The Disappearance of Democracy

Just over a month ago, I discussed the coup in Myanmar and what it means for democratisation around the globe. Sadly, when I wrote it, the story of the coup was already disappearing from the news cycle; now, it has all but vanished from the mainstream.

The disappearance of such a story from our news cycle is almost frighteningly routine. Since the advent of the 24-hour news cycle especially, popular opposition, such as that in the current case of Myanmar, needs the coverage to garner international support. When stories disappear, so does the support, save for a few retweets here and there.

As has been seen in the last month in Myanmar, this has devastating consequences.

Consolidating a Coup

Last month, I wrote about reports of state violence against protestors in Myanmar, when the movement was beginning. In the intervening time, coercion and violence against protestors has only increased.

From the 8th of February, police and military in Myanmar have been routinely using rubber bullets, water cannons and tear gas in order to disperse protestors. Two protestors were killed and many more injured in Mandalay on the 20th. The violence of the crackdown continues to escalate – according to Human Rights Groups in the country, at least 18 people were killed on the 28th of February, and 38 on the 3rd of March.

To speak only of the violence is to say nothing of the internet blackouts, the information war, the regional clampdowns and the institution of martial law. Despite the overtures to democracy, as well as to other political parties, the Burmese Military (or Tatmadaw) seems set in its resumption of power following the Democratic Experiment.

Myanmar is no stranger to authoritarian rule by the Military. But, make no mistake, this time is different – it is a deliberate backslide from democracy. A backslide which, unfortunately, is part of a wider trend.

Credit - Pixabay

A Worrying Wider Trend

Why is the world becoming more authoritarian?

It is a question that sits at the back of politics, an implicit truth which we would rather not acknowledge. Myanmar is not just a tragedy; it is part of a crisis which has come to the forefront of global attention. At least, it did before it disappeared from our news, from our discussions, from our newsfeeds.

Multiple reasons are to blame for this disinterest, ranging from unintentional ignorance to scoffing at the goings-on in an “unimportant” country. Whatever the reason, not paying attention to this dangerous trend only serves to exacerbate it.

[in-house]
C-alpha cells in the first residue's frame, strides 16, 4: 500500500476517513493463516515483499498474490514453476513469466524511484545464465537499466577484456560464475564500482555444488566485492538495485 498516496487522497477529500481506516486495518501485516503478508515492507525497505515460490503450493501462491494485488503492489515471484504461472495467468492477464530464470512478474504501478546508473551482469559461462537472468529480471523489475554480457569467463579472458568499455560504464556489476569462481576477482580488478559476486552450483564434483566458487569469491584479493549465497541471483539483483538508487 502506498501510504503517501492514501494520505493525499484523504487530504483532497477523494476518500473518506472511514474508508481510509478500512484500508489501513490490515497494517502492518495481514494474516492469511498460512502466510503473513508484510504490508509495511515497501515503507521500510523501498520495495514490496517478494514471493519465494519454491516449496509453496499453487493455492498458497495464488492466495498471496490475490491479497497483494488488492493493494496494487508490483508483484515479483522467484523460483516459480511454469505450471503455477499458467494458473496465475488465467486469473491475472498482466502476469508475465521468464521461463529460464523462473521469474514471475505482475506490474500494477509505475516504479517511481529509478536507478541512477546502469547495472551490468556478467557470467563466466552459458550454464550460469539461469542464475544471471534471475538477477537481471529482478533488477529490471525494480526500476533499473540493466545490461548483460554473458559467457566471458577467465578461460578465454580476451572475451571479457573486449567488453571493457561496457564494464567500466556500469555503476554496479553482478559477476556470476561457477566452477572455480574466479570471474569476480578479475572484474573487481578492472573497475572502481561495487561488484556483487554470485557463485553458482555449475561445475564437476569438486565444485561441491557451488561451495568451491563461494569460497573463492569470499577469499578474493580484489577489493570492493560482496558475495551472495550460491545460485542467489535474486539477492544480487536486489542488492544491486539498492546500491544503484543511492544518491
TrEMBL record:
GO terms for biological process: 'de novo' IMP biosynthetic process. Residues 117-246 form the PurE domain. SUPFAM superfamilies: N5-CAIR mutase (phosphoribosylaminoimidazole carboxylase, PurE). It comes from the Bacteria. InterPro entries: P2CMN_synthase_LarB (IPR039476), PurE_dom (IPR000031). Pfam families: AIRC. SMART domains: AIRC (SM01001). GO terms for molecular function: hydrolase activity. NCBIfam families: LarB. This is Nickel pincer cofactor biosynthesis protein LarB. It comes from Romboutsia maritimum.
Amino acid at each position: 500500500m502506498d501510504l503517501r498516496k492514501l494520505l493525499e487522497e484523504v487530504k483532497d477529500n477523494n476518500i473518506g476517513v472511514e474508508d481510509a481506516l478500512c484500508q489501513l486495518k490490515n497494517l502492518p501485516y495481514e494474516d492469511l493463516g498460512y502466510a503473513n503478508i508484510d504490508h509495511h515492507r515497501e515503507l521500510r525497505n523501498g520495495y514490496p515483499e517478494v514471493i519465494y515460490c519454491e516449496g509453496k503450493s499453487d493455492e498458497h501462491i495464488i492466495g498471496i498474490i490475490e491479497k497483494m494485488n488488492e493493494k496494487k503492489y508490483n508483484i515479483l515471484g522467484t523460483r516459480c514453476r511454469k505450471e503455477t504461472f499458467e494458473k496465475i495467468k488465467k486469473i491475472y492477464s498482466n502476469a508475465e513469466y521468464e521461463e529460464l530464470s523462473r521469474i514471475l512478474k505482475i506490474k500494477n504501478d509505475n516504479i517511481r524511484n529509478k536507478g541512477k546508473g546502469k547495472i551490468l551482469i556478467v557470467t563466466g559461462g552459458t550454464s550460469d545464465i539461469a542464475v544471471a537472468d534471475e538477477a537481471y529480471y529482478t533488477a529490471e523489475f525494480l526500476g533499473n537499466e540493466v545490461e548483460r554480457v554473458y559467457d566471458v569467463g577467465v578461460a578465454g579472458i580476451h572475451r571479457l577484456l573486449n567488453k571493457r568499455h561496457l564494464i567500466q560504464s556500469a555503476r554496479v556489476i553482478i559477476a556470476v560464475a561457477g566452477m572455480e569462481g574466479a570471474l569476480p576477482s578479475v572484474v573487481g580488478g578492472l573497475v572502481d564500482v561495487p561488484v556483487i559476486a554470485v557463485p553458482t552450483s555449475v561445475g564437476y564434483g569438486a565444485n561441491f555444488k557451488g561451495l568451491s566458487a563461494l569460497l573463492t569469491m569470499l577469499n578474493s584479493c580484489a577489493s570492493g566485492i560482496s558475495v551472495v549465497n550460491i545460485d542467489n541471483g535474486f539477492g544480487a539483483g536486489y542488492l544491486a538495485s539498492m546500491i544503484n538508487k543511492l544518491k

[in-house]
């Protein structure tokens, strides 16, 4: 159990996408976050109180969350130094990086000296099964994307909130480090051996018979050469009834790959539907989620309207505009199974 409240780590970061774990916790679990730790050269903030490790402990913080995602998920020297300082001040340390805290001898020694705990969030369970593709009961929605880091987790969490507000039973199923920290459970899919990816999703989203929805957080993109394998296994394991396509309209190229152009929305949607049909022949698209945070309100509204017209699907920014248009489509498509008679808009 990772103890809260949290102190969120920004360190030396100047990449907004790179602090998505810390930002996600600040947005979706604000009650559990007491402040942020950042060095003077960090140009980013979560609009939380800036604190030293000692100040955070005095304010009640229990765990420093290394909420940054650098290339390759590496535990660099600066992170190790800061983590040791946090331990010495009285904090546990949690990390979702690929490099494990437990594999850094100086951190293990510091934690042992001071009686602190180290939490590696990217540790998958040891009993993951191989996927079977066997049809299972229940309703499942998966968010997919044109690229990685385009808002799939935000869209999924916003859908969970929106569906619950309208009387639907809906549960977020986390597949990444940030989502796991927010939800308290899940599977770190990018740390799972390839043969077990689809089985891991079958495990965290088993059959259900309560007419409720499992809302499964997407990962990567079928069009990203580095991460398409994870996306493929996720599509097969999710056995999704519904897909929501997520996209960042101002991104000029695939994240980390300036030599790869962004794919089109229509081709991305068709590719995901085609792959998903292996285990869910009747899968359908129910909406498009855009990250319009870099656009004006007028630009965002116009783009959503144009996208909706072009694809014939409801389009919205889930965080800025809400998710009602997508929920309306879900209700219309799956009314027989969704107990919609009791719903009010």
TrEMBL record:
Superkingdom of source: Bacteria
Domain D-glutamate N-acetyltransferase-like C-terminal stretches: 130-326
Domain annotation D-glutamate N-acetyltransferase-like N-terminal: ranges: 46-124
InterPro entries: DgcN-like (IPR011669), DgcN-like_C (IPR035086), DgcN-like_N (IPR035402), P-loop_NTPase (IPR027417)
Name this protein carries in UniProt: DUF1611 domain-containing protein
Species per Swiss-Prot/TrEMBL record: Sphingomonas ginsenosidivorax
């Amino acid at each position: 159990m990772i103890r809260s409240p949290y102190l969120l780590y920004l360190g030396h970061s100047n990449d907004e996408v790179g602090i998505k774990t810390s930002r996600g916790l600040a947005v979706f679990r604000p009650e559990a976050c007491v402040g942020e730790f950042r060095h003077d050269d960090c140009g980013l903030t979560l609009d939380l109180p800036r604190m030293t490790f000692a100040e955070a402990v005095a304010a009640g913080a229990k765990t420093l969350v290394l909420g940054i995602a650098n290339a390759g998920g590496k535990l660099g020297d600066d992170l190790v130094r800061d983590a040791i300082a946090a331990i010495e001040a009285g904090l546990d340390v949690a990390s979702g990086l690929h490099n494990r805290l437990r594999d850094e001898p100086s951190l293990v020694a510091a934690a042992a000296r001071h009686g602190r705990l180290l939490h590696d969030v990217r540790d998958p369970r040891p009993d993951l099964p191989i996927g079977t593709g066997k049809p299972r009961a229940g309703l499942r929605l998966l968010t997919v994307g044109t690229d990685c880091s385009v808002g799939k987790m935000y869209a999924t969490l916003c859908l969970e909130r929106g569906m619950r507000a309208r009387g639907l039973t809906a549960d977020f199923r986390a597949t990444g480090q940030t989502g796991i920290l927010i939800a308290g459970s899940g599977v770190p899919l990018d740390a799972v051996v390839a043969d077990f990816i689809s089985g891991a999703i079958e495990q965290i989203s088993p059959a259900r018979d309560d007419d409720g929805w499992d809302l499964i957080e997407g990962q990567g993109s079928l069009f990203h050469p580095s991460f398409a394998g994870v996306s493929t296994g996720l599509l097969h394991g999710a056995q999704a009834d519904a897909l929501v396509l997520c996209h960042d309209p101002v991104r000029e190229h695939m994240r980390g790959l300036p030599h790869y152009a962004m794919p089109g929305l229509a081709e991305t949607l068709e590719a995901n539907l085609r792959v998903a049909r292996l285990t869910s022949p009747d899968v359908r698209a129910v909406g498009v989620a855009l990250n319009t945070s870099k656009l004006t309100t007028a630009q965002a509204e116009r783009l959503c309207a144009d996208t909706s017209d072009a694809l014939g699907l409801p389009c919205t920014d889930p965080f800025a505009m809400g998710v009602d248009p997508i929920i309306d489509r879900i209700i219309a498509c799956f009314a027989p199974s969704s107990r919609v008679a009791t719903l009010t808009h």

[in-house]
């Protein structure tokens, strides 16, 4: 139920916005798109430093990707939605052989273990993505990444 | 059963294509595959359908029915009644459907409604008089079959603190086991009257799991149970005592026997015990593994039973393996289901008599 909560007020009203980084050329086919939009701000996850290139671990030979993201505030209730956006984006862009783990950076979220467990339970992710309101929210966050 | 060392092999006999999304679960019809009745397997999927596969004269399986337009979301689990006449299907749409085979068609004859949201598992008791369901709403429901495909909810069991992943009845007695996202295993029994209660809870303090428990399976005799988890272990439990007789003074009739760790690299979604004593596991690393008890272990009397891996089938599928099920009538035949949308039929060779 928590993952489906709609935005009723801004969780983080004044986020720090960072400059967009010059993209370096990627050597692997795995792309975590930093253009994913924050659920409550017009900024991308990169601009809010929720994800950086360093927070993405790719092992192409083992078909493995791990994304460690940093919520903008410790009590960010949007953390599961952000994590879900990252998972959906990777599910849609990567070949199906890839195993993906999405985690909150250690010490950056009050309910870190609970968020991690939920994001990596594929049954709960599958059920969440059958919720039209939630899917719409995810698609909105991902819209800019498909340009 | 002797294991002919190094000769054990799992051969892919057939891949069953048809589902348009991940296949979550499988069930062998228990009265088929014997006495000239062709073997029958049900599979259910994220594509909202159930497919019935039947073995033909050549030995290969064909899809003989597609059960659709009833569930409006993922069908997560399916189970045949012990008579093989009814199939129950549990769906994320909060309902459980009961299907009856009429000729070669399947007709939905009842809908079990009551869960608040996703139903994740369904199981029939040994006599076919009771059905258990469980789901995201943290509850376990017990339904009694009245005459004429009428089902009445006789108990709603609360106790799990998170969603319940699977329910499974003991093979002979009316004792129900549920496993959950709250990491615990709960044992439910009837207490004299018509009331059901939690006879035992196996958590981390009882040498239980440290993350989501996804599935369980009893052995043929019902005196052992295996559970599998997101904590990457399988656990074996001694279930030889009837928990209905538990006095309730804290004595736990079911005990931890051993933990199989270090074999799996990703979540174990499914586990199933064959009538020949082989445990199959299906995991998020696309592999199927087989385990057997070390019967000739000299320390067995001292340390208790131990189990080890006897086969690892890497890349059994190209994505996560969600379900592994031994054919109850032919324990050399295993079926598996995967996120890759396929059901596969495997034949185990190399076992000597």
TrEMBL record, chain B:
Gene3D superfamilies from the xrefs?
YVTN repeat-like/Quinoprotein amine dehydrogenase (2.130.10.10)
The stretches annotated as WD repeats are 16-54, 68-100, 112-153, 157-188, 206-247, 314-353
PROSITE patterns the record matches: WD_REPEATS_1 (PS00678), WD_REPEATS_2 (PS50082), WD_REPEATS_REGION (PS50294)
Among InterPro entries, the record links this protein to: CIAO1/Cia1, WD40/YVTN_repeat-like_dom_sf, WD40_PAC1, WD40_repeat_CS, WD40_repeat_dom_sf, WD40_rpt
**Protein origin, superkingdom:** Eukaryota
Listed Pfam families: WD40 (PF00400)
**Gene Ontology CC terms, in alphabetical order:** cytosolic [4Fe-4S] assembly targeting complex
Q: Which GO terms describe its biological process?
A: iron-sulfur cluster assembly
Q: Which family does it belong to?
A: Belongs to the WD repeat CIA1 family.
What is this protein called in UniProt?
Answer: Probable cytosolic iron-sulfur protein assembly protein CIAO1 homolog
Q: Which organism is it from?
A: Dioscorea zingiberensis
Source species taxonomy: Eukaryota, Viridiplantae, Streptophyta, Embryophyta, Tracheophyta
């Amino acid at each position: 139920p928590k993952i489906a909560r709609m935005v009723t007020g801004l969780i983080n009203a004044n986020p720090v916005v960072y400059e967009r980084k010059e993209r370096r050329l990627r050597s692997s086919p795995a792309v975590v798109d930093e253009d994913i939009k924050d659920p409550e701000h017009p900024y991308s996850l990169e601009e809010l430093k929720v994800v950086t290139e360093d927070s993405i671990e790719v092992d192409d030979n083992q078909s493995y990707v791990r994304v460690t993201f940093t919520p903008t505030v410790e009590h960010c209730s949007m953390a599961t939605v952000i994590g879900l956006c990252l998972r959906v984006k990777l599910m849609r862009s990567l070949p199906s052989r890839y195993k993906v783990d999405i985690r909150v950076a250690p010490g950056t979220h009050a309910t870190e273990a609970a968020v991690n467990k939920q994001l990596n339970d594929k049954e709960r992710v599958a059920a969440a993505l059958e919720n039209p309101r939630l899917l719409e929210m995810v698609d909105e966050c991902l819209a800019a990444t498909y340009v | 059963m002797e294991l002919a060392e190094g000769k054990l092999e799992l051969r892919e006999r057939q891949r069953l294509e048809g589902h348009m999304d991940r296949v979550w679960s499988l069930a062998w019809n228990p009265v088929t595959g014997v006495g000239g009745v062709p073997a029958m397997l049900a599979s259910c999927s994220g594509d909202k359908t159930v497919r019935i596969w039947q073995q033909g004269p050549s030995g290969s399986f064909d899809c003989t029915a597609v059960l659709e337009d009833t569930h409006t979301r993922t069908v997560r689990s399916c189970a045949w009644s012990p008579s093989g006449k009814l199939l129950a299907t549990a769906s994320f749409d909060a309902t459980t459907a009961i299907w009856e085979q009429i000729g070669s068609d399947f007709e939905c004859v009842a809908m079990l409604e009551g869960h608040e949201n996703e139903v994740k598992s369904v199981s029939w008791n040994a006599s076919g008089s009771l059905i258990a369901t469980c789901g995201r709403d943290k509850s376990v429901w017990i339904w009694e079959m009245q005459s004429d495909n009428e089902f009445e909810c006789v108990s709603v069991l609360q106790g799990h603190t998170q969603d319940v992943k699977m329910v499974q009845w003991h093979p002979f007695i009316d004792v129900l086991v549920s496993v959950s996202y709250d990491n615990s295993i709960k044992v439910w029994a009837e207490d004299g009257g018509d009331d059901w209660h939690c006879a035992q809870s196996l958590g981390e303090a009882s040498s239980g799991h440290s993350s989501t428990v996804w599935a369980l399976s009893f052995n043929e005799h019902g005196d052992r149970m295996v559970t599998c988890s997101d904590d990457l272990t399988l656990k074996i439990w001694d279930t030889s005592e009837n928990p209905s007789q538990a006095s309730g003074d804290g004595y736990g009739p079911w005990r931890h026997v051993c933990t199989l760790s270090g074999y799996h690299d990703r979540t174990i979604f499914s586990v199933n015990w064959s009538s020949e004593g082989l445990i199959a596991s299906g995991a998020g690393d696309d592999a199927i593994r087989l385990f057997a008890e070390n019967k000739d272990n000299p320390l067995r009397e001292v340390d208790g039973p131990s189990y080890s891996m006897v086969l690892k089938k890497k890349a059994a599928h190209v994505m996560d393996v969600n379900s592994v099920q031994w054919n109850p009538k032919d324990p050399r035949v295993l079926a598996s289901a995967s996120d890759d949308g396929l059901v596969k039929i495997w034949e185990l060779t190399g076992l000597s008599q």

Myanmar was being praised as a major victory for democratisation in recent years. In 2015, Aung San Suu Kyi became the first democratically elected leader of Myanmar since the Tatmadaw established their dictatorship in the Cold War.

Now, Myanmar is well on the road to reverting to this authoritarian state - not to a dictatorship as we would classically envisage it, but to an authoritarian state with much more brand awareness. Democracy isn’t just dying – it is being replaced with a shroud of faked politics and forged elections that mask a stranglehold on power.

Democracy is retreating; this is something that should concern us all. It is not something that we can put off till later, not something we don’t need to care about now that “politics is back to normal” in the post-Trump era. Unless we all keep our awareness up and put pressure on these regimes retreating from democracy, the freedoms of millions will, undoubtedly, vanish.

This is not a struggle over theory, it’s a struggle for our future, for our freedoms and - for those caught up in situations like those of Myanmar, a struggle for life.

Alex is a Masters student from Portsmouth, finishing an MRes in Russian, East European and Eurasian Studies at the University of Glasgow. His main areas of interest are the Former Soviet Union, the politics behind COVID-19 Restrictions, and Authoritarianism, among other things. He has also previously worked with the HET.

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